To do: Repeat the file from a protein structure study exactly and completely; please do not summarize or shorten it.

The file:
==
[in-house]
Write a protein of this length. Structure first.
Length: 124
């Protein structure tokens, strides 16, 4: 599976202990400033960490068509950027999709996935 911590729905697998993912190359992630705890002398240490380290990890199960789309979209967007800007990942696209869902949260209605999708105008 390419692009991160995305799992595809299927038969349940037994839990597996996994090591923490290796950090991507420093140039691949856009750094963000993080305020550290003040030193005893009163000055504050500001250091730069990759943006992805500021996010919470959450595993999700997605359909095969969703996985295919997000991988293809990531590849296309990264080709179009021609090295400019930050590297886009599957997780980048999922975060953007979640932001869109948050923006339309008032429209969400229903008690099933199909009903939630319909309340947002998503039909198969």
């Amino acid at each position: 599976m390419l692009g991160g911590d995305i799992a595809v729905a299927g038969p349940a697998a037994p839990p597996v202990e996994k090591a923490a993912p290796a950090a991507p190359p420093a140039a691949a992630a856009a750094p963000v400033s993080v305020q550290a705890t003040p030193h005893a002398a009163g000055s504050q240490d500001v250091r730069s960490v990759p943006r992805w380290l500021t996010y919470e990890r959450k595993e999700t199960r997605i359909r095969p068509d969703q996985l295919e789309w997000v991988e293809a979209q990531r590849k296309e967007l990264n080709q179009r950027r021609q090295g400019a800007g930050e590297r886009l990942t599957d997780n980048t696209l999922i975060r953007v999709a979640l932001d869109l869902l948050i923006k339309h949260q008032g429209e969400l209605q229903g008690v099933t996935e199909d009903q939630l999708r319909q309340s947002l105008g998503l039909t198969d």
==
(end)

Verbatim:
[in-house]
Write a protein of this length. Structure first.
Length: 124
């Protein structure tokens, strides 16, 4: 599976202990400033960490068509950027999709996935 911590729905697998993912190359992630705890002398240490380290990890199960789309979209967007800007990942696209869902949260209605999708105008 390419692009991160995305799992595809299927038969349940037994839990597996996994090591923490290796950090991507420093140039691949856009750094963000993080305020550290003040030193005893009163000055504050500001250091730069990759943006992805500021996010919470959450595993999700997605359909095969969703996985295919997000991988293809990531590849296309990264080709179009021609090295400019930050590297886009599957997780980048999922975060953007979640932001869109948050923006339309008032429209969400229903008690099933199909009903939630319909309340947002998503039909198969």
């Amino acid at each position: 599976m390419l692009g991160g911590d995305i799992a595809v729905a299927g038969p349940a697998a037994p839990p597996v202990e996994k090591a923490a993912p290796a950090a991507p190359p420093a140039a691949a992630a856009a750094p963000v400033s993080v305020q550290a705890t003040p030193h005893a002398a009163g000055s504050q240490d500001v250091r730069s960490v990759p943006r992805w380290l500021t996010y919470e990890r959450k595993e999700t199960r997605i359909r095969p068509d969703q996985l295919e789309w997000v991988e293809a979209q990531r590849k296309e967007l990264n080709q179009r950027r021609q090295g400019a800007g930050e590297r886009l990942t599957d997780n980048t696209l999922i975060r953007v999709a979640l932001d869109l869902l948050i923006k339309h949260q008032g429209e969400l209605q229903g008690v099933t996935e199909d009903q939630l999708r319909q309340s947002l105008g998503l039909t198969d």